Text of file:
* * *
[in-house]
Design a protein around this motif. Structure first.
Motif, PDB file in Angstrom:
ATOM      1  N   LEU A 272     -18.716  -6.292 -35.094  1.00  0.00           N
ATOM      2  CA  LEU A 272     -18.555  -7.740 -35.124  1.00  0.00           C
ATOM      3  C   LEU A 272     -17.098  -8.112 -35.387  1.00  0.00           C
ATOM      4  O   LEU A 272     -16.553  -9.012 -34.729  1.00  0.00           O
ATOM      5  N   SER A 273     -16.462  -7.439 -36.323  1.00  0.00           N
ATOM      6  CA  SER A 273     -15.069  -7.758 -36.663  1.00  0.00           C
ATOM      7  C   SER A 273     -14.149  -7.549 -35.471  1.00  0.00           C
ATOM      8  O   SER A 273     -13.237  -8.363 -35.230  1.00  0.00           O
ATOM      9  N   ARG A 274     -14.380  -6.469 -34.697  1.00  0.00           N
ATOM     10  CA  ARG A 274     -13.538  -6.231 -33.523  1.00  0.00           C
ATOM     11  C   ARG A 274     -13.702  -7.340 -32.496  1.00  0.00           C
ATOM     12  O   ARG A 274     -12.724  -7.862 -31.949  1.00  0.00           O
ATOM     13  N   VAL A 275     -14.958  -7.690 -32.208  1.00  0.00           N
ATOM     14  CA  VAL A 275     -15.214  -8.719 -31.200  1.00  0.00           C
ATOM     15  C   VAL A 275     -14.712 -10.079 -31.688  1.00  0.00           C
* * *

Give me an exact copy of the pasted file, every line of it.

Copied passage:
[in-house]
Design a protein around this motif. Structure first.
Motif, PDB file in Angstrom:
ATOM      1  N   LEU A 272     -18.716  -6.292 -35.094  1.00  0.00           N
ATOM      2  CA  LEU A 272     -18.555  -7.740 -35.124  1.00  0.00           C
ATOM      3  C   LEU A 272     -17.098  -8.112 -35.387  1.00  0.00           C
ATOM      4  O   LEU A 272     -16.553  -9.012 -34.729  1.00  0.00           O
ATOM      5  N   SER A 273     -16.462  -7.439 -36.323  1.00  0.00           N
ATOM      6  CA  SER A 273     -15.069  -7.758 -36.663  1.00  0.00           C
ATOM      7  C   SER A 273     -14.149  -7.549 -35.471  1.00  0.00           C
ATOM      8  O   SER A 273     -13.237  -8.363 -35.230  1.00  0.00           O
ATOM      9  N   ARG A 274     -14.380  -6.469 -34.697  1.00  0.00           N
ATOM     10  CA  ARG A 274     -13.538  -6.231 -33.523  1.00  0.00           C
ATOM     11  C   ARG A 274     -13.702  -7.340 -32.496  1.00  0.00           C
ATOM     12  O   ARG A 274     -12.724  -7.862 -31.949  1.00  0.00           O
ATOM     13  N   VAL A 275     -14.958  -7.690 -32.208  1.00  0.00           N
ATOM     14  CA  VAL A 275     -15.214  -8.719 -31.200  1.00  0.00           C
ATOM     15  C   VAL A 275     -14.712 -10.079 -31.688  1.00  0.00           C